Sociophonology of rhoticity and r-sandhi in East Lancashire English
Barras, William Simon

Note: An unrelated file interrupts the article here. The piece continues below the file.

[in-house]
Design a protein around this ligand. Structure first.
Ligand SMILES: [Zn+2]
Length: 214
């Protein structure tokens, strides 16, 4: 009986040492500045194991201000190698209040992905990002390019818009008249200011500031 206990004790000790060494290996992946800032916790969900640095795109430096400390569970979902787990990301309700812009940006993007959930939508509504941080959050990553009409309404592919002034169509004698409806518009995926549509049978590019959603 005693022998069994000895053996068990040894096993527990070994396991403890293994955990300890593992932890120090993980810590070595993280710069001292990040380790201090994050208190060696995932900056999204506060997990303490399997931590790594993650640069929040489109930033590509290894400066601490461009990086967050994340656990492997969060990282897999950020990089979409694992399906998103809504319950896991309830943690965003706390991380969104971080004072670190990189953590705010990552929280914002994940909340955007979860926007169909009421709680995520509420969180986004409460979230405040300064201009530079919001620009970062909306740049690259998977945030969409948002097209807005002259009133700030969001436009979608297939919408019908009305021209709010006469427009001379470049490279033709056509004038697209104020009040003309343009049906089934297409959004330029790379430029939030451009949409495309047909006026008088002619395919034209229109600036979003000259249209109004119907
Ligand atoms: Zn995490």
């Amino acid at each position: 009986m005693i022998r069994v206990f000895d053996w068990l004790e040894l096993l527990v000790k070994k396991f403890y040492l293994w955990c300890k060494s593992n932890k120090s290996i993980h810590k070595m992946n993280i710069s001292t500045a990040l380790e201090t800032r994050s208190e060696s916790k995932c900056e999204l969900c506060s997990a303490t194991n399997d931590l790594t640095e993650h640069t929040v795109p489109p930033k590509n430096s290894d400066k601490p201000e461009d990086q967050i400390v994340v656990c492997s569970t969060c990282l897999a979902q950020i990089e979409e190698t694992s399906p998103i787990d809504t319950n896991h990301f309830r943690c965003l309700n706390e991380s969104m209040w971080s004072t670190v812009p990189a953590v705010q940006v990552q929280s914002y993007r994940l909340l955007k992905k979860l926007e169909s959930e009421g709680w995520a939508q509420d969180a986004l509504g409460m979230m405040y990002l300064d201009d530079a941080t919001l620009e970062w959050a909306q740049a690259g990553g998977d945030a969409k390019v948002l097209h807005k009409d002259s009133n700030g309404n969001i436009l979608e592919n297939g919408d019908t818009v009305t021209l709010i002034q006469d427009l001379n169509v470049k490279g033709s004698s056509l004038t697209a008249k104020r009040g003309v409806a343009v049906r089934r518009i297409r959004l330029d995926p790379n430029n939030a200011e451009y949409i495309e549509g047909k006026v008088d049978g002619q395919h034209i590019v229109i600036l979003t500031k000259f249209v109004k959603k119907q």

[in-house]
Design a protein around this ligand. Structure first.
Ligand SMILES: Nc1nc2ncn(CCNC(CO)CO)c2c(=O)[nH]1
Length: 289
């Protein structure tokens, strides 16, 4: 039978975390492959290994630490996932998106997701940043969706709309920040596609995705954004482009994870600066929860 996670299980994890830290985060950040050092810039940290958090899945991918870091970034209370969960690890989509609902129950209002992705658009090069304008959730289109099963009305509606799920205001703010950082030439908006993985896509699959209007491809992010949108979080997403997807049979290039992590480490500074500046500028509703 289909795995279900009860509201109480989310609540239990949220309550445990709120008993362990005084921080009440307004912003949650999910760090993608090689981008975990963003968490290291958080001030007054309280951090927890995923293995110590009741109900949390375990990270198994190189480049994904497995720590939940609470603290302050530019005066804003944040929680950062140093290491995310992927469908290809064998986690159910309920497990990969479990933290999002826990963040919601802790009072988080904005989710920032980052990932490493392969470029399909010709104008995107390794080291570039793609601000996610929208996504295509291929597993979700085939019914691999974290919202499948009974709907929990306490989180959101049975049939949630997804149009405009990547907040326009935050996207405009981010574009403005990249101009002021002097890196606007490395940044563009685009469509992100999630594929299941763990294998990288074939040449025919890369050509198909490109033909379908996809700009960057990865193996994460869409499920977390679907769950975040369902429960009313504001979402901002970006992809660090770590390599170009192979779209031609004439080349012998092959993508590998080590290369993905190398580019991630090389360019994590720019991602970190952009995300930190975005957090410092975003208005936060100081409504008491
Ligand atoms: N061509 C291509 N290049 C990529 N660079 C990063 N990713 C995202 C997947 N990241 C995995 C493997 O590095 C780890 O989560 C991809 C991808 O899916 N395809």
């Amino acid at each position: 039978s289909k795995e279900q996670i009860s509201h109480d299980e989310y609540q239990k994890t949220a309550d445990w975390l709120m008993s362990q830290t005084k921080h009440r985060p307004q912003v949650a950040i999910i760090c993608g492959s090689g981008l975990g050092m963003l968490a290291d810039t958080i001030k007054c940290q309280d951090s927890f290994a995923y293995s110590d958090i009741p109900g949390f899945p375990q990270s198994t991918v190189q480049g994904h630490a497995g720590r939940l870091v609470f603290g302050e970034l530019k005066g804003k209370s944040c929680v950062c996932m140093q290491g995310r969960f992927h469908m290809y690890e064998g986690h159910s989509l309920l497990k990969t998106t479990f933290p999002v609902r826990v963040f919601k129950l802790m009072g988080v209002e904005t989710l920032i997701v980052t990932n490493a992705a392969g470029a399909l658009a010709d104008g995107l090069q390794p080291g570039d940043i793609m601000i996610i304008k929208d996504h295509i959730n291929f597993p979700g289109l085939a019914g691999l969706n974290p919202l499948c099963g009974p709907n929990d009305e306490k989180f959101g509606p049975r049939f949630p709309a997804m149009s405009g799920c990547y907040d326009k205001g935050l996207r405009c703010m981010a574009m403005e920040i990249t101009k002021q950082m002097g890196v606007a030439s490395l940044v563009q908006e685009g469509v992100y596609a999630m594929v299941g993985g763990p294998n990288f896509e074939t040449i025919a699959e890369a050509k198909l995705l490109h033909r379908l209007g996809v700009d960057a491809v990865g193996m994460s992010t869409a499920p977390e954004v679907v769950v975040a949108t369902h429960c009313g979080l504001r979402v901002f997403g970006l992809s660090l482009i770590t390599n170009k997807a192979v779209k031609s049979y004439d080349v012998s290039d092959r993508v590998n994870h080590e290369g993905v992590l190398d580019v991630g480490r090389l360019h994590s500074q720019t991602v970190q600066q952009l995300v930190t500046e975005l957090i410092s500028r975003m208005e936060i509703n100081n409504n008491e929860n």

Most discussions of English phonology argue that rhoticity and r-sandhi are necessarily in complementary distribution, citing the diachronic path that led to the loss of rhoticity and the resulting synchronic r ~ Ø alternations in non-rhotic dialects. However, some accounts suggest that ‘it would not be surprising to discover cases of intrusive-r in rhotic dialects’ (Harris 1994, see also Carr 1999, Uffmann 2007). In order to investigate how non-rhoticity and r-sandhi could be transmitted by dialect contact, this thesis uses data from speakers in five communities in Greater Manchester and East Lancashire. The locations are equally spaced along a twenty-mile route from Prestwich (a suburb of Manchester, where speakers are non-rhotic) to Accrington (a post-industrial mill-town which is on an ‘island of rhoticity’ (Britain 2009)). I show that individual speakers have variable levels of both rhoticity and r-sandhi, which matches research on early New Zealand English (Hay & Sudbury 2005). Beyond this key fact, I discuss several other aspects of the relationship between r-sandhi and rhoticity, including the phonological and dialectological significance of the patterns in the data. First, linking-r and intrusive-r have different distributions in my data, despite the typical claim that they are synchronically the same process. This supports the idea that speakers are sensitive to a difference between words with and without an etymological r: I attribute this to the influence of orthography and to sociolinguistic salience of intrusive-r. Second, the nature of my sample population allows me to consider both change in apparent time and variation across geographical space. An apparent time comparison of the distribution of non-rhoticity and intrusive-r in the five Lancashire locations shows that these features are spreading by wave diffusion: they reach nearby locations before they reach locations further away. However, there is also a pattern of urban hierarchical diffusion in which the most isolated and rural location, Rossendale, lags behind Accrington in its loss of rhoticity. This is examined in the light of local patterns of travel for work and leisure, which suggest that although Accrington is further than Rossendale from the non-rhotic ‘sea’ of surrounding speakers, socially constructed space is more significant than Cartesian distance in determining the amount of linguistic contact between speakers from different locations. Third, I show that levels of rhoticity are increasing for some young speakers in Rossendale, which supports the hypothesis that a local linguistic feature can have a ‘last gasp’ under pressure from a competing non-local feature before its eventual loss. However, the same speakers are also adopting intrusive-r more quickly than speakers from neighbouring areas and this is significant: while earlier research has suggested that the presence of hyperdialectal non-etymological r (e.g. lager [laôg@~]) can be an indication of a loss of rhoticity in progress, the East Lancashire data show a different situation, where non-etymological r is for the most part restricted to sandhi contexts. This shows that rather than r-colouring becoming part of the realisation of certain vowels (e.g. sauce [sO:ôs]), intrusive-r is becoming adopted as a hiatus-filling strategy: a phonological process is being used by some rhotic speakers independently of the loss of contrasts (e.g. Leda ~ leader) which caused it to emerge in non-rhotic dialects. I discuss these results in terms of sociophonology, which I use to convey the idea that the phonological process of hiatus-filling r-sandhi can spread through dialect contact, with a mixed phonological system emerging as a result. Although the data suggest a correlation between the loss of rhoticity and the development of r-sandhi, the nature of the overlap means that a phonological model must allow for speakers to have both features, even if rhoticity is eventually lost completely. Hay & Sudbury (2005) argue that the gradual development of linking and intrusive-r leading to their convergence to a single synchronic phenomenon ‘is not a process that can be well described by any categorical, phonological grammar’. I show that the current situation in East Lancashire speech can be described by existing phonological models with underlying representations and associated surface forms. These existing models do not rule out a parallel distribution for rhoticity and intrusive-r, in which individual speakers can have both features. This thesis provides some new dialectological data for an under-researched area of North West England, a discussion of phonological means of accounting for patterns in these data, and a discussion of the influence of socio-cultural spatiality on linguistic behaviour.